2. A downstream API method that has the [Authorize] attribute.
  3. Configuration of the identity provider API service using .NET Core ASP.NET Identity middleware in our gateway start up.

We have simplified our gateway somewhat by not producing an issuer or authority in our token, so we can obtain a valid token from a custom JWT authorization service. This can be done using POSTMAN or CURL.

After obtaining the token, we can construct a HTTP request to our upstream API gateway using POSTMAN.

After adding JWT token validation support to our API Gateway, we can then submit an authenticated HTTP request to the gateway using our generated JWT Bearer token.  

First, I will show how to amend ConfigureService()  in our Gateway .NET Core API service to support the validation of JWT tokens in upstream requests. In ConfigureServices() we include the following namespaces:

using Microsoft.AspNetCore.Authentication.JwtBearer;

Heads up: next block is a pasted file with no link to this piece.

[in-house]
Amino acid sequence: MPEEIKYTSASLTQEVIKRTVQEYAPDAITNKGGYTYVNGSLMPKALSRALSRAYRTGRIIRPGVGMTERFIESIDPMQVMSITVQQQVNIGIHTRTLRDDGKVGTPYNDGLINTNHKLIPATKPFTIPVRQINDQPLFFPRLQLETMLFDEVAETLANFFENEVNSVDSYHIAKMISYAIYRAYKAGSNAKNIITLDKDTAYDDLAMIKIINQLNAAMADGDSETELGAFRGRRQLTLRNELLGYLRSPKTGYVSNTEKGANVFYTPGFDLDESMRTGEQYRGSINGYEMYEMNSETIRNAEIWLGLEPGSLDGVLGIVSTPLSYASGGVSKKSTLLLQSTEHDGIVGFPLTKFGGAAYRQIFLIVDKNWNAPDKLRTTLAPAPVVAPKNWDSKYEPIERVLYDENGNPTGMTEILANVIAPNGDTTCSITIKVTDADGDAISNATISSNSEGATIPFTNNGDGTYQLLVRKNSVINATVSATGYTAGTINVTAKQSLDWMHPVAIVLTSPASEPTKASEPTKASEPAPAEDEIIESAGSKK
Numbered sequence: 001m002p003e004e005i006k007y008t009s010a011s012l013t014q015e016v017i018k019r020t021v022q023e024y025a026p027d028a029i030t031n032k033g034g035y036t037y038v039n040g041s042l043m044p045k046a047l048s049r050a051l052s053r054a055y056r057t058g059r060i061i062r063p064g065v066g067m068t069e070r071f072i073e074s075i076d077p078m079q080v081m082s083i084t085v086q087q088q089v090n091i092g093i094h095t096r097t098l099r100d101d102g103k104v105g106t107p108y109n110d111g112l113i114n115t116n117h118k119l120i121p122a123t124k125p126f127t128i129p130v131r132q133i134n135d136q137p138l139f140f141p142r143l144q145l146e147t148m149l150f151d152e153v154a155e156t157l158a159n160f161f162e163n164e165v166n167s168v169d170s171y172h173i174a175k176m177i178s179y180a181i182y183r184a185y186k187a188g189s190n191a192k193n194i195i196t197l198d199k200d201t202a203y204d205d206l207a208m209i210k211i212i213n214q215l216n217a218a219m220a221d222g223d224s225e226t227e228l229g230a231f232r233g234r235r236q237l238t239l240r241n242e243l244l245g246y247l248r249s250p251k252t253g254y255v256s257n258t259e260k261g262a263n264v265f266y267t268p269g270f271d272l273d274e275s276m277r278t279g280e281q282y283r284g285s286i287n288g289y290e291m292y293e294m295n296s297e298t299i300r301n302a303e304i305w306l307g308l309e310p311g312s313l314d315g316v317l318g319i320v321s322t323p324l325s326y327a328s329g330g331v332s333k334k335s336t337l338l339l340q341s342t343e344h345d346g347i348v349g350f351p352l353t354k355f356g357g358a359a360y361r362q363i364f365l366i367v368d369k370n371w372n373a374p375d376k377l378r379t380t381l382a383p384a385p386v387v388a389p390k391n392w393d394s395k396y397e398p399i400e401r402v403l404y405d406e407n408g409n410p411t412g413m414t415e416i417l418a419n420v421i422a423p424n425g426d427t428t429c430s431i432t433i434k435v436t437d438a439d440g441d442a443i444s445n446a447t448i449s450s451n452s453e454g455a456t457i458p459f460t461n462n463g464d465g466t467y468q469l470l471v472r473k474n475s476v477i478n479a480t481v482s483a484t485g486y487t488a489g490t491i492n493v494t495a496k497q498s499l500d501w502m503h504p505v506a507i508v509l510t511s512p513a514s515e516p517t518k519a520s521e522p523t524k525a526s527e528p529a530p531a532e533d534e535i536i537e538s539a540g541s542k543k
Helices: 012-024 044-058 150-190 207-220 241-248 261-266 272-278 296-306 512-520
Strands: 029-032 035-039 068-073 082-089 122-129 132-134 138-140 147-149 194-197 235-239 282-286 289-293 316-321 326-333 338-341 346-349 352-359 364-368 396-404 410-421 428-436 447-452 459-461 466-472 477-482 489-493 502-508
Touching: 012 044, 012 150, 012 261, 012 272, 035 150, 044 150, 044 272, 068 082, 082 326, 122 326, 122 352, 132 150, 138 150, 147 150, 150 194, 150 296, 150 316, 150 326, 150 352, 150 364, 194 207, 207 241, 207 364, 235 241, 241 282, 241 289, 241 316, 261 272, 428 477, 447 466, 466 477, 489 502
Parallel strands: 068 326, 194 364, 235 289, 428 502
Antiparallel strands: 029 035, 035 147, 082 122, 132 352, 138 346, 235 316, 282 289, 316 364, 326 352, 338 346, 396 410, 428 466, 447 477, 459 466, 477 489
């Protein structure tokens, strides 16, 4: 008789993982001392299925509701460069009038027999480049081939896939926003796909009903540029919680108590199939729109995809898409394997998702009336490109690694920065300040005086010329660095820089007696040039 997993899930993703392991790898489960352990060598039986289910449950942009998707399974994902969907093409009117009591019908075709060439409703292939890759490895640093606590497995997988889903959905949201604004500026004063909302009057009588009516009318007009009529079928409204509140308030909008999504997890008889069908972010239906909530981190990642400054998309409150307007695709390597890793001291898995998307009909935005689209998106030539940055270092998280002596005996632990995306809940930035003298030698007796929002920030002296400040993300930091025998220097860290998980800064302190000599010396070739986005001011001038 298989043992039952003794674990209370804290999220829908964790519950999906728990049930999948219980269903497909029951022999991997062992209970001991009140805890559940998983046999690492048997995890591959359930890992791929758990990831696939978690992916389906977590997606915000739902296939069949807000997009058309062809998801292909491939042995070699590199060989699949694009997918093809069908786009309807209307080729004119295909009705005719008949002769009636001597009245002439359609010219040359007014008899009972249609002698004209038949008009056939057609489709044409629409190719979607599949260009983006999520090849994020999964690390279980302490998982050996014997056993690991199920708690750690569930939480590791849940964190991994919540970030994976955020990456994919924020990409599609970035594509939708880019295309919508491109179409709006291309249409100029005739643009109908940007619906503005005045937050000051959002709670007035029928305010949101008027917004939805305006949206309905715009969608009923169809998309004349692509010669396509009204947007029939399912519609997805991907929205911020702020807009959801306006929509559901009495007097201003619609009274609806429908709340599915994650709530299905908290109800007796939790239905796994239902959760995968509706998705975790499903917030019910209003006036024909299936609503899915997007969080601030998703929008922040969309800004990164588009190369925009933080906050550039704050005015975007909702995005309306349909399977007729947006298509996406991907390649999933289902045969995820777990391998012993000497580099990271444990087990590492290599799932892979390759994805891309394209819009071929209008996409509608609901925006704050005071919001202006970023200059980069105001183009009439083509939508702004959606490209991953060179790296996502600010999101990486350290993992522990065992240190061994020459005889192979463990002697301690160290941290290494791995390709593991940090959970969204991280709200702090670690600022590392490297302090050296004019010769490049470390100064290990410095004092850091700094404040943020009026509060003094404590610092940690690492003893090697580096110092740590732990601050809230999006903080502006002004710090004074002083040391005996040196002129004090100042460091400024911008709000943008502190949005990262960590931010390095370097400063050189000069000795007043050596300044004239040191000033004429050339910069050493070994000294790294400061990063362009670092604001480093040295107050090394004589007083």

using Microsoft.IdentityModel.Tokens;

Then use the AddAuthentication() middleware extension with JWT Bearer authentication scheme and validate the token using our signing key which consists of our application secret. As we discussed earlier, we will not be validating the authority or issuer in this basic scenario.

public void ConfigureServices(IServiceCollection services)
{
    var authenticationProviderKey = "IdentityApiKey";

    var key = Convert.FromBase64String(
Configuration.GetSection("AppSettings:Secret").Value);

    services.AddAuthentication(a =>
    {
        a.DefaultAuthenticateScheme = JwtBearerDefaults.AuthenticationScheme;
        a.DefaultChallengeScheme = JwtBearerDefaults.AuthenticationScheme;
    })
    .AddJwtBearer(authenticationProviderKey, x =>
    {
        x.RequireHttpsMetadata = false;
        x.SaveToken = true;
        x.TokenValidationParameters = new TokenValidationParameters
        {
            ValidateIssuerSigningKey = true,
            IssuerSigningKey = new SymmetricSecurityKey(key),
            ValidateIssuer = false,
            ValidateAudience = false
        };
    });

    services.AddOcelot();
}

In our gateway configuration file ocelot.json, we will need to let the upstream handlers accept the authentication token. To do this, we add the AuthenticationOptions key with the AuthenticationProviderKey value we declared within the JWT bearer middleware configuration.

{
    "Routes": [
    {